Scientists have been warning of such events for years.  Weather extremes, both hot and cold, are predicted to become more numerous and more severe as climate change grips the planet. Extreme drought and wildfires as well as torrential rains and flooding are to be expected in nearly every region of the earth. The latter can be seen in daily TV reports of the devastation in Pakistan where rainfall in a single day exceeded the previous monthly record set in 1956. Agriculture will become less and less reliable as the weather becomes more freakish and the resultant food shortages will drive prices to unprecedented levels bringing mass starvation to many populations. That, in turn, will cause extreme conflict as a massive wave of desperate human climate refugees seek new homes. 

Climate change is largely caused by human activity that has dramatically increased the amount of green house gases like CO2 and methane in the earth’s atmosphere, This traps natural sunlight and gradually increases the planet’s temperature. Ironically, the Copenhagen Climate conference in December 2009 failed to agree on an international plan of action to reduce green house gas emissions, in part, due to the opposition of Russia. The theft of private e-mails from the University of East Anglia and the subsequent turmoil of ‘climate gate’ allegations was also linked to Russian agents. 

For years scientists have pointed out that as the world’s temperature increases ‘tipping points’ will be reached.  These include intense wild fires and the destruction of peat bogs – both of which release massive amounts of additional CO2 into the atmosphere.  That extra CO2 increases the pace of global temperature rise which leads to more fires, and so on.  This quickly surpasses the ability of humans to control climate and leads us into a future that is very bleak. 

This summer we are seeing what the future may be like, and it is not pleasant.  This is our wake-up call, too. The ‘precautionary principle’ says we must act now, not tomorrow or next year, to cut CO2 emissions.  The technology to do this has existed for at least the past 25 years, if not longer.  Insulate your home. Consider installing solar panels to generate electricity and hot water.  Drive and fly less.  Support efforts to build a low carbon economy. Don’t sit back and think that someone else will do this for you. 

A vision of our ‘hellish’ future has unfolded before our eyes. We must act now to prevent it from happening. We have the means but do we have the will?  Failure is not an option.

Massive Arctic Ice Cap Is Shrinking

April 17, 2010 by  
Filed under Climate Change

Location of Devon Island in Arctic Canada. (Credit: Courtesy of Wikimedia Commons)

Location of Devon Island in Arctic Canada. (Credit: Courtesy of Wikimedia Commons)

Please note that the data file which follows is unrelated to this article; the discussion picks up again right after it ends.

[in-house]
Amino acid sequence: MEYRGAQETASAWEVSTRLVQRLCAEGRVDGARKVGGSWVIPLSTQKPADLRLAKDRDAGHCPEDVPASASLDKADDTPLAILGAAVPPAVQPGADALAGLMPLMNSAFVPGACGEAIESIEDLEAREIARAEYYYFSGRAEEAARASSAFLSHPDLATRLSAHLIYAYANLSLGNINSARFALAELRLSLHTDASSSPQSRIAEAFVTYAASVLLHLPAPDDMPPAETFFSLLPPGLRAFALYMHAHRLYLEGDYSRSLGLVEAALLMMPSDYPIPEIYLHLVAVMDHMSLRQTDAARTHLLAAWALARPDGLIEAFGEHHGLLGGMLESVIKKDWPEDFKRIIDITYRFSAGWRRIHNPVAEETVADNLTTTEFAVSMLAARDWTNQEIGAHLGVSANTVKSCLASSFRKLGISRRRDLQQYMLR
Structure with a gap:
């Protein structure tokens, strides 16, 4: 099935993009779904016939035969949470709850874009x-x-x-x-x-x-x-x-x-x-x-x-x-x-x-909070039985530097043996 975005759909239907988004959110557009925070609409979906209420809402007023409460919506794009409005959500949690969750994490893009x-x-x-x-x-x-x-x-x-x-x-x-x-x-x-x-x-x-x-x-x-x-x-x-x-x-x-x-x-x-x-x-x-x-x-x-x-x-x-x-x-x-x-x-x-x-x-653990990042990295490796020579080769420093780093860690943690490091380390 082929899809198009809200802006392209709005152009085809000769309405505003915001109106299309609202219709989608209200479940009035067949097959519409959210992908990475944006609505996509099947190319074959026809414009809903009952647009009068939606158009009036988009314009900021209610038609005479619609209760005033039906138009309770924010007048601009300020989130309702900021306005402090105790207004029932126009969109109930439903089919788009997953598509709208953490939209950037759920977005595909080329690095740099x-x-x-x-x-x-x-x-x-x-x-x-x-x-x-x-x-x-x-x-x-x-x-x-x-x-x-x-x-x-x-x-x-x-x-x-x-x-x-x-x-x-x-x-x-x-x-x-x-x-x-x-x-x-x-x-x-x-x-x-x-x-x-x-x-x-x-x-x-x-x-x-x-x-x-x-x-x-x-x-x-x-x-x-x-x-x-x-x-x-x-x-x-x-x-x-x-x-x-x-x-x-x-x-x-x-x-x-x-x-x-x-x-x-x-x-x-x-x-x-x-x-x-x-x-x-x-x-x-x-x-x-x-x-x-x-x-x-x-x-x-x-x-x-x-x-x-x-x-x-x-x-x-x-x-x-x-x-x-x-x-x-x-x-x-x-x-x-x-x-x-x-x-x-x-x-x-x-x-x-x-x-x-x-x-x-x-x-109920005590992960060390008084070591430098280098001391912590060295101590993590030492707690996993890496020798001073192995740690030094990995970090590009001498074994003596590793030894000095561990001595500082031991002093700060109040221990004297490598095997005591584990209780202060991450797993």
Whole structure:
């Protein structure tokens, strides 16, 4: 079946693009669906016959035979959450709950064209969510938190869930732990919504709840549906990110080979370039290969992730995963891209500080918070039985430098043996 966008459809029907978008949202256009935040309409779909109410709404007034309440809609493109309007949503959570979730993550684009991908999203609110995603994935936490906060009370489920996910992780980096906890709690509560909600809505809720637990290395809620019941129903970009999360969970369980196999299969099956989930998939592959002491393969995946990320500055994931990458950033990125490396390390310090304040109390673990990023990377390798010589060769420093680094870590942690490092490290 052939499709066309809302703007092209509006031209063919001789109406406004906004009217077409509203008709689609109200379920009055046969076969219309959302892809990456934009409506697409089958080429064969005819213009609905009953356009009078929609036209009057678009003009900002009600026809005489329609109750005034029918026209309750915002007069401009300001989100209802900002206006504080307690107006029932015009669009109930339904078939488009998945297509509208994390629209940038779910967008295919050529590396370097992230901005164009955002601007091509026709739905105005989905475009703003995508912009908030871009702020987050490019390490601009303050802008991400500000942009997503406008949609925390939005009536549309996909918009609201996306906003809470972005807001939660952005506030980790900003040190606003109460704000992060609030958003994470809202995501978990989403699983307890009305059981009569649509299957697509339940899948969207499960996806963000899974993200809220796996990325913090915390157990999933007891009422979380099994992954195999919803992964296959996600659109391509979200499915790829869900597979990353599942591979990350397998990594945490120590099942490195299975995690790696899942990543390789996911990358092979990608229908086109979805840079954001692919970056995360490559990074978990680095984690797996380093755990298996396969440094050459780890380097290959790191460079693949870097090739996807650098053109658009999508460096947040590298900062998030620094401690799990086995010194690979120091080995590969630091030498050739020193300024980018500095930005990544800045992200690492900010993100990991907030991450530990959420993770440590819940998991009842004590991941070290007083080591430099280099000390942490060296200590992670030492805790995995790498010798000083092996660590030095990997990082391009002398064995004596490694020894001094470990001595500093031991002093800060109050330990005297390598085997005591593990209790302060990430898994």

ScienceDaily (Apr. 13, 2010) — Close to 50 years of data show the Devon Island ice cap, one of the largest ice masses in the Canadian High Arctic, is thinning and shrinking.

A paper published in the March edition of Arctic, the journal of the University of Calgary’s Arctic Institute of North America, reports that between 1961 and 1985, the ice cap grew in some years and shrank in others, resulting in an overall loss of mass. But that changed 1985 when scientists began to see a steady decline in ice volume and area each year.

“We’ve been seeing more mass loss since 1985,” says Sarah Boon, lead author on the paper and a Geography Professor at the University of Lethbridge. The reason for the change? Warmer summers.

- more

UK’s Best Known Environmentalist Speaks at IVC

February 1, 2010 by  
Filed under Climate Change

Tony Juniper - Executive Director, Friends of the Earth (UK) and now parliamentary candidate for Cambridge

Tony Juniper - Executive Director, Friends of the Earth (UK) and now parliamentary candidate for Cambridge

“The elections are coming, the elections are coming” might be the headline for the first half of the first year of this new decade. In the second half of the decade we may hear a more panicked cry: “The climate is changing, the climate is changing”. By then it could be too late, or too costly, to do anything about it.

It’s no secret that the climate conference in Copenhagen last December didn’t produce a binding agreement on the emission of greenhouse gases, carbon dioxide being the main concern. Since then, the world has seen the PR machines of those who stand to lose out if we clean up the environment working at full tilt to convince us that climate change isn’t real. Mother nature isn’t listening to them. However, some politicians may be. And, that is a major cause for concern.

Strong leadership at all levels of government is needed if effective steps are to be taken to stem our greenhouse gas emissions. What can two small village do? That’s one of the issues to be raised at a special community meeting called by HICCA at 7:30 PM on February 18th at IVC. The guest speaker will be Tony Juniper, best known as the former England director of Friends of the Earth and one of the contributors to the Climate Bill passed by Parliament last year. He isn’t a politician but as a campaigner he has debated, cajoled, convinced or battled most of them in his 25 year career. He is also running to represent Cambridge in Parliament under the Green party banner. That doesn’t make him a neo-politician, in fact, just the opposite.  He talks common sense.  

HICCA is inviting all residents of Histon and Impington to come and hear what advice Juniper can offer, and to ask tough questions of this long time environmental campaigner. It’s not a political campaign meeting – we can’t vote for Juniper – but it will help us to focus on ways that we can make our own local voices heard on all of the issues facing our community.
Please mark February 18th on your calendar and plan to arrive at Impington Village College a little earlier than the 7:30 PM start time. A large turnout is expected.  Info at www.hicca.org.uk

Climate Change Odds Much Worse Than Thought

May 21, 2009 by  
Filed under Climate Change

The wheel on the right depicts researchers estimation of the range of probability of potential global temperature change over the next 100 years if no policy change is enacted on curbing greenhouse gas emissions. The wheel on the left assumes that aggressive policy is enacted.